Or they could be missing shots more frequently for another reason. I'm looking at offensive rhythm. Hello, Ron Artest.
Before having a go at Ron's influence, please note that the Lakers are more efficient defensively this season, coughing up about four fewer points per 100 possessions. It also should be pointed out that they began the season on what almost looked like a two-month homestand with few play dates filled by elite teams.
But, all in all, Artest gives the Lakers a defensive edge, Kobe still locks down when it's really needed, Brown defends with much energy and the shot-blockers are a fine deterrent.
The offense, unfortunately for Lakers fans, has fallen off about four efficiency points from last season. The pace is the same, defensive rebounding and turnovers by the opposition are similar to last season, giving the Lakers a similar number of transition buckets. However, in half-court situations, the supporting cast is chipping paint off the rims. What we're still wondering is why. Well, I've seen several Lakers games this season and Artest (how do I write this nicely?) often kills the offensive flow.
He's only taking 10 shots a game (making a weak 42 percent), but that's about three more than the scraps-grabbing Ariza unloaded and Trevor almost always fired off of a drive-and-dish from Kobe, a basket cut or on the end of a steal and dunk. Artest, who thinks of himself as far more advanced offensively than he really is, likes to hold the ball while looking for a play to make. And although he does look to create shots for others, the Lakers have Kobe to do that while the shot clock bleeds.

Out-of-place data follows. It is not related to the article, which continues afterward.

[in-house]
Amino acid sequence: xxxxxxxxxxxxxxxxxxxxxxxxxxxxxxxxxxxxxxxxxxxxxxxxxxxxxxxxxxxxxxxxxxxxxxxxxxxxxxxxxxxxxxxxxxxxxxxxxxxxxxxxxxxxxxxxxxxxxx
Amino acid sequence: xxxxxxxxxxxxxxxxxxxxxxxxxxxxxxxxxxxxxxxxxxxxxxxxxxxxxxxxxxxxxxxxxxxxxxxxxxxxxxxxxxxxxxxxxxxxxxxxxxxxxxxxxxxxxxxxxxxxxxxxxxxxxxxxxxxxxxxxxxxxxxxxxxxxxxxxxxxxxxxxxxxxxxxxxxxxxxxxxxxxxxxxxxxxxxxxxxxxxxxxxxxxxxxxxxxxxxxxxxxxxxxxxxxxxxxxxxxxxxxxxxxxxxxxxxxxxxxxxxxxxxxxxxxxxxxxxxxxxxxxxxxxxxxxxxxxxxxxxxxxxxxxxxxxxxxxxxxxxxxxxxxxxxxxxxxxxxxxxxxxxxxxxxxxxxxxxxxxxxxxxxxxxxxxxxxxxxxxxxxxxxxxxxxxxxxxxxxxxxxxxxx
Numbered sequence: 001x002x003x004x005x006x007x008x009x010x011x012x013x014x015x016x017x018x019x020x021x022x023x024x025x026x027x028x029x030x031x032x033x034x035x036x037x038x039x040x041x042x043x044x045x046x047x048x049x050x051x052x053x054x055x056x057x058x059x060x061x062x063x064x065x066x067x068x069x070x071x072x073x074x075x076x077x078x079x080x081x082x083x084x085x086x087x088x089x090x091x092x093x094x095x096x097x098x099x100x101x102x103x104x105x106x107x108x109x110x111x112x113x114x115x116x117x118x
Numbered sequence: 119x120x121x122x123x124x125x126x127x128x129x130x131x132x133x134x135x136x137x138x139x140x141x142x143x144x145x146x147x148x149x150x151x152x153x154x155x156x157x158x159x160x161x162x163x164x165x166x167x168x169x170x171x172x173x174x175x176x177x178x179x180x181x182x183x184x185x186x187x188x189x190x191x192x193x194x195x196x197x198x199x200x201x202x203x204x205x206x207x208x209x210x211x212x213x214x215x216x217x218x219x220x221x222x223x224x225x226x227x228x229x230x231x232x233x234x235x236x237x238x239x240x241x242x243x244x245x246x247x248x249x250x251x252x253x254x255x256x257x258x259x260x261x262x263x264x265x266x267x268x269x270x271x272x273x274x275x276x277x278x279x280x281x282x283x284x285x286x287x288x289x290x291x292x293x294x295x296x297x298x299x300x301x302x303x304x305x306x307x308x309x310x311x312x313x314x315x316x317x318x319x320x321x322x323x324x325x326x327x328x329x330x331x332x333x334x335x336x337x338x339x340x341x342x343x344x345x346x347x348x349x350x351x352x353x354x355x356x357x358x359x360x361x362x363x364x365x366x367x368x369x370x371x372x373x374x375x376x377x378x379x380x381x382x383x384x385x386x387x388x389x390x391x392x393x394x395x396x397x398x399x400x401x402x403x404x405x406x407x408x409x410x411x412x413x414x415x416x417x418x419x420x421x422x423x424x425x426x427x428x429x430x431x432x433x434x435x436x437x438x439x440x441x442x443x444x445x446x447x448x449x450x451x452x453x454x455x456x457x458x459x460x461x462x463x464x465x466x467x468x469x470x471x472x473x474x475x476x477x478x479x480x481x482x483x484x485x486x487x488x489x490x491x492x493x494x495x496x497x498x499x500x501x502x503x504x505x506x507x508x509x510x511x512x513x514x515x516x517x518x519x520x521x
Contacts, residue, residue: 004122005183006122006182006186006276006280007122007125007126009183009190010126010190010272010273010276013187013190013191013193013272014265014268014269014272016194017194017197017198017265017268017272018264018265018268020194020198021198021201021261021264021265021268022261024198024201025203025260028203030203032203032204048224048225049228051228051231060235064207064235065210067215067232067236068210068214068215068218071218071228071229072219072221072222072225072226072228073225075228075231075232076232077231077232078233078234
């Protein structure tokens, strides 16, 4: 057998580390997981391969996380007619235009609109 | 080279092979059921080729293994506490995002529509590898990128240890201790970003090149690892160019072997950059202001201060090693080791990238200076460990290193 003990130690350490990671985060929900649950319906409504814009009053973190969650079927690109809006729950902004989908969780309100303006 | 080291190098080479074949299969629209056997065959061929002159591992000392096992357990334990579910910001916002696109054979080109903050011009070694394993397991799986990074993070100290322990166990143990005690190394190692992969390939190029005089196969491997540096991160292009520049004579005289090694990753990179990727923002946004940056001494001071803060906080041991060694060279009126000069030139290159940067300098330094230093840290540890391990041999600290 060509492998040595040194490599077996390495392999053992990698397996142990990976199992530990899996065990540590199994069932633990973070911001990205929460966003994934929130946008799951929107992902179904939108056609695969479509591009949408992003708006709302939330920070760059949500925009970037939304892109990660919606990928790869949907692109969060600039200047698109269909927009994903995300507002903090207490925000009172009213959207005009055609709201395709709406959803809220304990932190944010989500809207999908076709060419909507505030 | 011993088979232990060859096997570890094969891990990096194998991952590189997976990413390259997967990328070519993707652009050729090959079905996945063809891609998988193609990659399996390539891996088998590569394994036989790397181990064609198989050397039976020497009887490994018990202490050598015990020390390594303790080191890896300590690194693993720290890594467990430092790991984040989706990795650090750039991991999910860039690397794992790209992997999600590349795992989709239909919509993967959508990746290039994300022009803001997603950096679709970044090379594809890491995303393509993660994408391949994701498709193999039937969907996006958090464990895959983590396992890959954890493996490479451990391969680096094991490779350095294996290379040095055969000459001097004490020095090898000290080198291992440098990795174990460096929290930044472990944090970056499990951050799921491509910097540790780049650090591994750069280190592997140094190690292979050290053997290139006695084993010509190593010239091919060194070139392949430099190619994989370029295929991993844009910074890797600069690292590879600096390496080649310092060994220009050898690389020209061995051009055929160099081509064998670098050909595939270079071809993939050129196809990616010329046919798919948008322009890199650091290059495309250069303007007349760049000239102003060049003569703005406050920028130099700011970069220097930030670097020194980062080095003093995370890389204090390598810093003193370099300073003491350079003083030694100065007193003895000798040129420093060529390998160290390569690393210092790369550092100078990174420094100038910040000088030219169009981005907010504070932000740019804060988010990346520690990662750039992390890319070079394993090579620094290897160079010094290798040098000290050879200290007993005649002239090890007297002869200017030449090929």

Can I get an amen from assistant coach A? Nope, he wasn't sure, so I'm going with assistant coach B. Coach B works for an Eastern Conference team, but -- for reasons we won't disclose -- has been obliged to watch the Lakers quite a bit lately.
"I'm not saying the ball movement was much better when Artest was out, because Kobe looked like he had stopped trusting the others," Coach B said. "But before and after Artest's injury thing, Artest burns too much of the shot clock holding the ball, looking for an opportunity to create a shot for himself or someone else. Kobe is better at kicking it out in time for a teammate to step into a shot in rhythm. At least, he's much better at it now."
So, part of the Lakers' supporting-cast problem -- at least offensively -- can be traced to the new third-best supporting actor?
"Yeah and Odom doesn't seem that comfortable playing with Artest," Coach B said. "A lot of people figured it would work since they were teammates in club ball or something. But Artest is built like a tank and loves to take guys who can't handle him into the post. That's a problem because Gasol or Bynum are already there and that's also where Odom loves to work."
With Artest busy inside, Lamar spends even more time than usual on the perimeter, where he's good at taking slower bigs off the dribble. But having Ron-Ron taking his man to the block clogs the triangle offense's usually pristine driving lanes. L.O. has responded by taking nearly three times as many triples as last season.
He's slightly under 30 percent from out there this year. At least we can't blame Khloe ... or Kobe.
Will we be blaming Artest for a premature Lakers playoff exit?
"Let's not get crazy," Coach B said. "I trust that Phil and Kobe will do what's necessary to get the rhythm back on offense. And even if they don't, it's nice to have Artest on D when playoff games are grinded out."
And the cast has almost 50 more rehearsals to get some flow in the show.